Chemicals in Our Food and Environment Cause Diseases

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“Even our natural produce, the fruits and vegetables, are exposed to these chemicals. Oranges are dipped in dyes to keep their “orange-ness.” Chickens may be treated with yellow dyes to keep their skin looking “healthy.” Sprays are used on produce to prevent insects and microorganisms from moving in or consuming them before the consumer. Bananas are gassed, many fruits and vegetables are sprayed with fungicides, and breads have added mold inhibitors. What increases the selling power of many items, in the eyes of consumers, may not benefit other parts of the body.”

Our societies’ leaders and developers would like us to believe that exposure to tiny amounts of toxic materials poses little or no risk. This is not true! Chemicals are tested for their effect on small laboratory animals in small doses and larger than “safe” or usual doses. We must believe that a chemical or drug may be dangerous to humans if it causes problems for rats or mice, but we must also consider that a substance could cause serious problems in humans even if it seems safe for these laboratory animals. The hidden danger is in the repeated small exposures over time with regular use. Partly because many chemicals do not break down (and therefore accumulate), their presence in the body can cause repeated insults or lead to chronic diseases. Nature does not provide enzymes necessary to break down all of these synthetic chemicals, nor can our body readily metabolize and excrete them.

Industrial chemicals both contaminate and interact with life. Some can even destroy life when they become concentrated enough. Many pesticides, fungicides, herbicides, and preservative chemicals can cause liver disease, cancer, and death. Radioactive fallout and air pollution also affects us. But our focus here is on food, both processing additives and the contaminants that get into our food.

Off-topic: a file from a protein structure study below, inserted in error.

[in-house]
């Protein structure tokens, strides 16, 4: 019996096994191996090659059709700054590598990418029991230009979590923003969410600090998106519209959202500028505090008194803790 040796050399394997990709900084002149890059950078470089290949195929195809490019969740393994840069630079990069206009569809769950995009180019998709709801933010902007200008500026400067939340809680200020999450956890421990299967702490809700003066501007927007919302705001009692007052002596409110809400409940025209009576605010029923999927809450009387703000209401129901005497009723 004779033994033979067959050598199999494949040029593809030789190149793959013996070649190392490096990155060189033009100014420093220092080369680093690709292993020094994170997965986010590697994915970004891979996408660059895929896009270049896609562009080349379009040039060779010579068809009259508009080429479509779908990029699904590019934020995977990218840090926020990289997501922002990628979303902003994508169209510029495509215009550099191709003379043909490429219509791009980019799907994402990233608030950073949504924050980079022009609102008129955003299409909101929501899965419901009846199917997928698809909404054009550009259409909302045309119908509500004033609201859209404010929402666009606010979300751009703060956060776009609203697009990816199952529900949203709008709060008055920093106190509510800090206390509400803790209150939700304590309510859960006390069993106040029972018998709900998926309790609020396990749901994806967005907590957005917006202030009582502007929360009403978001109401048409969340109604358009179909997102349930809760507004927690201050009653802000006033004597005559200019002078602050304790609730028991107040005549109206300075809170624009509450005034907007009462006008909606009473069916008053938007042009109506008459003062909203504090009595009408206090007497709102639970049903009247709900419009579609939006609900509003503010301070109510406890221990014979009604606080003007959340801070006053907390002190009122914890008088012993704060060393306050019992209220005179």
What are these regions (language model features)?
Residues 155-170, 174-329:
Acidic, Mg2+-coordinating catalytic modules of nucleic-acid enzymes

Food and water are the main vehicles whereby we receive the chemicals that get into our body. Air pollution and car exhaust, for example, are a real concern but less so nutritionally in comparison to food and water pollution, though some air contamination may settle onto our food. Industrial and agricultural chemicals that contaminate our soil, our water, and our food are our greatest concerns. Local areas may have an emphasis on a particular type of pollution, such as Los Angeles or Gary, Indiana, with air pollution, New Orleans with water contamination, or active agricultural areas with chemical sprays. Ironically, the government agencies charged with insuring the health of the nation and the safety of our air, food, and water refer to these unsafe industrial and agricultural chemicals as “economic poisons.”

There are two levels whereby chemicals cause disease, particularly cancer. The first is by direct irritation, causing change at the cellular and DNA level. A chemical that is a potential carcinogen [cancer causing agent] may actually bind to the DNA in the cell nucleus and/or in the mitochondria, thereby altering its structure and potential for normal duplication. It may also make the DNA more vulnerable to the same or other carcinogens. Further generations of the cell with damaged or transmuted DNA may either metaplastic or malignant. Our bodies have remarkable capabilities when it comes to the repair and even elimination of any abnormal DNA and malignant cells; however, when our immune system is weakened, or there are just too many chemical insults for our body to handle, in a mass of rapidly dividing, undifferentiated cells that takes the body’s energy without using it creatively.

The condition of the host’s immune system is another important aspect in regard to potential carcinogenesis, and indeed, is a contributing factor in a wide variety of diseases. Chemical damage is largely due to the generation of free radicals, unstable molecules that can cause irritation and breakdown of tissues unless they are countered by antioxidants in our body. This oxidation of natural biochemical molecules in the cells and tissues may be a process of degeneration of the body leading to inflammatory problems, allergies, and cardiovascular disease. Stress of all kinds, including aerobic exercise, increases free-radical formation in the body. It is also likely that some environment chemicals and food additives cause increased free-radical generation. Potentially, these are the same kinds of problems caused by radiation, including tissue damage, abnormal effects on cell division most noticeable in the rapidly dividing cells of the skin, mucous membranes, and gastrointestinal tract), and the production of mutated cells. The antioxidant system is a series of enzymes and essential nutrients within the body that protects us from these chemically-induced free radicals, just as a fine-mesh screen protects us and our home from the shooting sparks generated by burning wood in the fireplace.

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